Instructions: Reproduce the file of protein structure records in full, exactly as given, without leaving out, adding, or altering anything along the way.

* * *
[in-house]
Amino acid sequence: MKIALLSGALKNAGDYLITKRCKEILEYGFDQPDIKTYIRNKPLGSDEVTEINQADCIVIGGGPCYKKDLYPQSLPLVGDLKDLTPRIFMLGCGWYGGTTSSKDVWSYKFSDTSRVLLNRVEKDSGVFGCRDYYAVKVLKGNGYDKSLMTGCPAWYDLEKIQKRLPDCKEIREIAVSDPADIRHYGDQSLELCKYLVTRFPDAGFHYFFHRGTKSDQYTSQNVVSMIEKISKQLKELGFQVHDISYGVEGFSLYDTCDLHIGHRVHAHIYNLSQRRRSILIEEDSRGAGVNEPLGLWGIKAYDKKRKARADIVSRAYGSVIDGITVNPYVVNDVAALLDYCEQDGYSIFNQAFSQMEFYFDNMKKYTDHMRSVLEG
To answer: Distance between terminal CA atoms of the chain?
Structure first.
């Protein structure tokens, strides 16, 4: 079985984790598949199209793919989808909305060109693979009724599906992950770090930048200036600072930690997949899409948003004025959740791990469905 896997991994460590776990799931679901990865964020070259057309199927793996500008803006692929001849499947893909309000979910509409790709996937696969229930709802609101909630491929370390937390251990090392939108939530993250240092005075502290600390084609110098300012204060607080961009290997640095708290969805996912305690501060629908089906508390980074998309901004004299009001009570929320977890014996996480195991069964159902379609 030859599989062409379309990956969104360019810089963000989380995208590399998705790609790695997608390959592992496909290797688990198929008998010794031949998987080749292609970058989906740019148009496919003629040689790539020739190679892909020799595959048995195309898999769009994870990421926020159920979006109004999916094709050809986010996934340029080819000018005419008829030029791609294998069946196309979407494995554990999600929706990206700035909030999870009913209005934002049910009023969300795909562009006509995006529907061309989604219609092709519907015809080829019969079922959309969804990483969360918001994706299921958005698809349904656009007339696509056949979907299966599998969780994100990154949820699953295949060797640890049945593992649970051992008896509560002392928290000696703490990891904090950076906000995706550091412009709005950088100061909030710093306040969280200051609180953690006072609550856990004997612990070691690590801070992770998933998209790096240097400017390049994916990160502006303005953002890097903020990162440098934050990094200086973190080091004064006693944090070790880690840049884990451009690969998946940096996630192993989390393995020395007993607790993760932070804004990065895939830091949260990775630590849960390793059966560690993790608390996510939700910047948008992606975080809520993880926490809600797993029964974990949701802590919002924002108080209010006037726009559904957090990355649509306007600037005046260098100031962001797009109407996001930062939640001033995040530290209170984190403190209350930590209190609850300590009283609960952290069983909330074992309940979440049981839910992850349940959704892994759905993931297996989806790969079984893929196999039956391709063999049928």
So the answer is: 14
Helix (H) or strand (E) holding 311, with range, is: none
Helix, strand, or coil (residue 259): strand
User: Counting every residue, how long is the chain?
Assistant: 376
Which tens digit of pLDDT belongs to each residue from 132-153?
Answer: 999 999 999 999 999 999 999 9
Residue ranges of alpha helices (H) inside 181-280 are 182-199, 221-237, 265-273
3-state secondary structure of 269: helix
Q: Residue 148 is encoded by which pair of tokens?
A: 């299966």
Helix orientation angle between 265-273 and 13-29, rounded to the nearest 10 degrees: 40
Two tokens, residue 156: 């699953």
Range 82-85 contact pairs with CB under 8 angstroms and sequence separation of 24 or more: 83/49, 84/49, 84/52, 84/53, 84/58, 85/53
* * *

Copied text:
[in-house]
Amino acid sequence: MKIALLSGALKNAGDYLITKRCKEILEYGFDQPDIKTYIRNKPLGSDEVTEINQADCIVIGGGPCYKKDLYPQSLPLVGDLKDLTPRIFMLGCGWYGGTTSSKDVWSYKFSDTSRVLLNRVEKDSGVFGCRDYYAVKVLKGNGYDKSLMTGCPAWYDLEKIQKRLPDCKEIREIAVSDPADIRHYGDQSLELCKYLVTRFPDAGFHYFFHRGTKSDQYTSQNVVSMIEKISKQLKELGFQVHDISYGVEGFSLYDTCDLHIGHRVHAHIYNLSQRRRSILIEEDSRGAGVNEPLGLWGIKAYDKKRKARADIVSRAYGSVIDGITVNPYVVNDVAALLDYCEQDGYSIFNQAFSQMEFYFDNMKKYTDHMRSVLEG
To answer: Distance between terminal CA atoms of the chain?
Structure first.
């Protein structure tokens, strides 16, 4: 079985984790598949199209793919989808909305060109693979009724599906992950770090930048200036600072930690997949899409948003004025959740791990469905 896997991994460590776990799931679901990865964020070259057309199927793996500008803006692929001849499947893909309000979910509409790709996937696969229930709802609101909630491929370390937390251990090392939108939530993250240092005075502290600390084609110098300012204060607080961009290997640095708290969805996912305690501060629908089906508390980074998309901004004299009001009570929320977890014996996480195991069964159902379609 030859599989062409379309990956969104360019810089963000989380995208590399998705790609790695997608390959592992496909290797688990198929008998010794031949998987080749292609970058989906740019148009496919003629040689790539020739190679892909020799595959048995195309898999769009994870990421926020159920979006109004999916094709050809986010996934340029080819000018005419008829030029791609294998069946196309979407494995554990999600929706990206700035909030999870009913209005934002049910009023969300795909562009006509995006529907061309989604219609092709519907015809080829019969079922959309969804990483969360918001994706299921958005698809349904656009007339696509056949979907299966599998969780994100990154949820699953295949060797640890049945593992649970051992008896509560002392928290000696703490990891904090950076906000995706550091412009709005950088100061909030710093306040969280200051609180953690006072609550856990004997612990070691690590801070992770998933998209790096240097400017390049994916990160502006303005953002890097903020990162440098934050990094200086973190080091004064006693944090070790880690840049884990451009690969998946940096996630192993989390393995020395007993607790993760932070804004990065895939830091949260990775630590849960390793059966560690993790608390996510939700910047948008992606975080809520993880926490809600797993029964974990949701802590919002924002108080209010006037726009559904957090990355649509306007600037005046260098100031962001797009109407996001930062939640001033995040530290209170984190403190209350930590209190609850300590009283609960952290069983909330074992309940979440049981839910992850349940959704892994759905993931297996989806790969079984893929196999039956391709063999049928």
So the answer is: 14
Helix (H) or strand (E) holding 311, with range, is: none
Helix, strand, or coil (residue 259): strand
User: Counting every residue, how long is the chain?
Assistant: 376
Which tens digit of pLDDT belongs to each residue from 132-153?
Answer: 999 999 999 999 999 999 999 9
Residue ranges of alpha helices (H) inside 181-280 are 182-199, 221-237, 265-273
3-state secondary structure of 269: helix
Q: Residue 148 is encoded by which pair of tokens?
A: 């299966």
Helix orientation angle between 265-273 and 13-29, rounded to the nearest 10 degrees: 40
Two tokens, residue 156: 């699953």
Range 82-85 contact pairs with CB under 8 angstroms and sequence separation of 24 or more: 83/49, 84/49, 84/52, 84/53, 84/58, 85/53